Google's personal-touch reach gets spotlight in DuckDuckGo study
Google Chrome Help tells visitors that "When you browse privately, other people who use the device won't see your activity. Chrome doesn't save your browsing history or information entered in forms. Cookies and site data are remembered while you're browsing, but deleted when you exit Incognito mode." But then it says "Incognito mode stops Chrome from saving your browsing activity. Your activity might still be visible to: Websites you visit, including the ads and resources used on those sites Your employer, school, or whoever runs the network you're using. Your internet service provider."
Hnh? A new study says Google likes getting personal even when you are on the hush-hush Incognito page. Reading through the study findings, we cannot blame you if you conclude that you may as well be a superstar thinking big sunglasses will fool the paps from chasing you at the airport.
The DuckDuckGo study is titled "Measuring the "Filter Bubble": How Google is influencing what you click." Here, Natasha Lomas in TechCrunch looked at the study findings. "DDG reckons it's not possible even for logged out users of Google search, who are also browsing in Incognito mode, to prevent their online activity from being used by Google to program—and thus shape—the results they see."
Ben Schoon in 9to5Google said that "To summarize the results, every single test delivered mainly unique results with each keyword regardless of where it was searched."
"Most people saw results unique to them, even when logged out and in private browsing mode," said one study finding.
Hold it right there? If I am browsing in Incognito mode, it does not prevent online activity from being used by Google to shape results? "Private browsing mode and being logged out of Google offered very little filter bubble protection. These tactics simply do not provide the anonymity most people expect. In fact, it's simply not possible to use Google search and avoid its filter bubble."
The study authors said their findings were based on a study of individuals "entering identical search terms at the same time." Most participants saw results unique to them, they found, and discrepancies could not be explained by changes in location, time, by being logged in to Google, or by Google testing algorithm changes to a small subset of users.
Wait, what is a filter bubble? DuckDuckGo described a "filter bubble" problem as "the manipulation of your search results based on your personal data."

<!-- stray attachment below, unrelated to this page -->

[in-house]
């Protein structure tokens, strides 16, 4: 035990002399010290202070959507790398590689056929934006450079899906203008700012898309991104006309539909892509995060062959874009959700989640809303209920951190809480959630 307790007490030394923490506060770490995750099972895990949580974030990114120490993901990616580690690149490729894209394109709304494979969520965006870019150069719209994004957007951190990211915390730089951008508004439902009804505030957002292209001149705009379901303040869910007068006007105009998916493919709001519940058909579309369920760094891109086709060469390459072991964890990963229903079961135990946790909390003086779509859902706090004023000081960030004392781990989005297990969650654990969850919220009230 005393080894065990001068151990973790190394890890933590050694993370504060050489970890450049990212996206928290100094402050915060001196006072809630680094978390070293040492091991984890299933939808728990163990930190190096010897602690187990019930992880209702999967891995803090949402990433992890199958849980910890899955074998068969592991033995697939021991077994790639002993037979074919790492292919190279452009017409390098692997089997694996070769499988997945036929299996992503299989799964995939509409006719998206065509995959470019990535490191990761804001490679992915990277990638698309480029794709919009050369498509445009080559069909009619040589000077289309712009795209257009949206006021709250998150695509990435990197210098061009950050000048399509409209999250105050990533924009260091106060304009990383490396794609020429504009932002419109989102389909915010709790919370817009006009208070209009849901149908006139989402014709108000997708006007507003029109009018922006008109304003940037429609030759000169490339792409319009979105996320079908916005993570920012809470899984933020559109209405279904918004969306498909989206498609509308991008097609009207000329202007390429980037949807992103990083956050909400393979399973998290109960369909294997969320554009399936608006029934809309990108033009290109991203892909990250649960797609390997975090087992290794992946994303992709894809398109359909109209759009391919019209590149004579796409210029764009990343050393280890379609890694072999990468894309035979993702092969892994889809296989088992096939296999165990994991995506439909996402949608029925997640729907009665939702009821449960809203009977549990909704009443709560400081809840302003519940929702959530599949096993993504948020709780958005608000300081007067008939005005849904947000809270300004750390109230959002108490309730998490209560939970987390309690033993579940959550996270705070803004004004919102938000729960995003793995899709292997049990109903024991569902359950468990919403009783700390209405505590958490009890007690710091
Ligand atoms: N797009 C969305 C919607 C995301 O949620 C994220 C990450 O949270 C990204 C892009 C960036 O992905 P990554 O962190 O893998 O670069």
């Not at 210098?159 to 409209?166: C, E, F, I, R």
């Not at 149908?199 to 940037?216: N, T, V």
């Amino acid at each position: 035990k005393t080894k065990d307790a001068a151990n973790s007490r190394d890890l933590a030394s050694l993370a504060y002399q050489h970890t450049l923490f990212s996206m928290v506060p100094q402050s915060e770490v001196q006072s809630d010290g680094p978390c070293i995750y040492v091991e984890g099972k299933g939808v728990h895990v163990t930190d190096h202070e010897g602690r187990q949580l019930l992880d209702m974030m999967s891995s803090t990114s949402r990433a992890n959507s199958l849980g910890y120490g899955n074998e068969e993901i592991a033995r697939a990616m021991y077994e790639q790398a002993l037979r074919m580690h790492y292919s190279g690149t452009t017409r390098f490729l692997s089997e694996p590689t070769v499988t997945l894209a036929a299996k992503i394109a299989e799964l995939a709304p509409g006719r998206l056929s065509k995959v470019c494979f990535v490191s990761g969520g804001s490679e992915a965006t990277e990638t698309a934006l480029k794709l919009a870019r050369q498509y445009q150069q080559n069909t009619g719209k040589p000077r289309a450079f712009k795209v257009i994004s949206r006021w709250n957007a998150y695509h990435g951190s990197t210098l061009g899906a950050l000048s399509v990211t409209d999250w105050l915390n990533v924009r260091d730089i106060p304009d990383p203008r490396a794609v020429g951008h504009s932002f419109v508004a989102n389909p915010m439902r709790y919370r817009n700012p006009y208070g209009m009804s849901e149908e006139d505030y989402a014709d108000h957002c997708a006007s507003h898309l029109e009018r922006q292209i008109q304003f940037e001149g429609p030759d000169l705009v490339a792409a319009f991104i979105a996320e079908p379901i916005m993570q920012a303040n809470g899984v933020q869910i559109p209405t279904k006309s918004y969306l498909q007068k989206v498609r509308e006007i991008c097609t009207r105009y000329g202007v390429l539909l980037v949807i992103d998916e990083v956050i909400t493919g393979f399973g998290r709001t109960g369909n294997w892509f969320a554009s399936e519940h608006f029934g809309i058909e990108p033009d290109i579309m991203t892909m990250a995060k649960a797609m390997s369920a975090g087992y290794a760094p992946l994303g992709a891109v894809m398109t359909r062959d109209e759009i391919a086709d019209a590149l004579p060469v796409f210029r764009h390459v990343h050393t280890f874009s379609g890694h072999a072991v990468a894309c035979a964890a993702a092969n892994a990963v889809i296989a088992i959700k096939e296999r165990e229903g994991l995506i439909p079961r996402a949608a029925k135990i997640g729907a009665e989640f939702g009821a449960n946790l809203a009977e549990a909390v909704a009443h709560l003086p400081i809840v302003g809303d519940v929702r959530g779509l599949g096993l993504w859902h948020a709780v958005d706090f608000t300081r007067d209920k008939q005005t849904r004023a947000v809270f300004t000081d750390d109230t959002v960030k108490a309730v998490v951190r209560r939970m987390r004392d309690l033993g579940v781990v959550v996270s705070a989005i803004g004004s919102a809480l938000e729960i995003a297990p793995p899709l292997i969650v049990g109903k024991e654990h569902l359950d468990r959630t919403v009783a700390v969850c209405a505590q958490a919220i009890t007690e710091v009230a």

Links are moved up or down or added to your Google search results, necessitating the filtering of other search results altogether, said DDG. Think "editorialized results" informed by the personal information Google has on you, e.g., search, browsing, purchase history, putting you "in a bubble based on what Google's algorithms think you're most likely to click on."
Ivan Mehta, The Next Web, quoted DuckDuckGo: "We often hear of confusion that private browsing mode enables anonymity on the web, but this finding demonstrates that Google tailors search results regardless of browsing mode. People should not be lulled into a false sense of security that so-called 'incognito' mode makes them anonymous."
On the other hand, people should also note that DuckDuckGo is interested in increasing awareness that it champions privacy. DuckDuckGo is an online search engine platform. Its own brand image is as "an Internet search engine that emphasizes protecting searchers' privacy and avoiding the filter bubble of personalized search results," according to a description in Wikipedia.
DuckDuckGo distinguishes itself from other search engines by not profiling its users. DuckDuckGo traffic has been exploding and it's not a coincidence, said Forbes back in October, noting concern in general over surveillance and privacy.
Ivan Mehta: "While DuckDuckGo's findings shed some light on some of the flaws in Google search results, we might want to take a competitor's conclusion with a pinch of salt."
To be sure, Google spoke about the study and, according to reports, why it was flawed. Google provided a statement to 9to5Google. In short, Google saw the study as flawed citing time and location as factors that could have further affected the results.
"This study's methodology and conclusions are flawed since they are based on the assumption that any difference in search results are based on personalization. That is simply not true. In fact, there are a number of factors that can lead to slight differences, including time and location, which this study doesn't appear to have controlled for effectively."
More information: spreadprivacy.com/google-filter-bubble-study/
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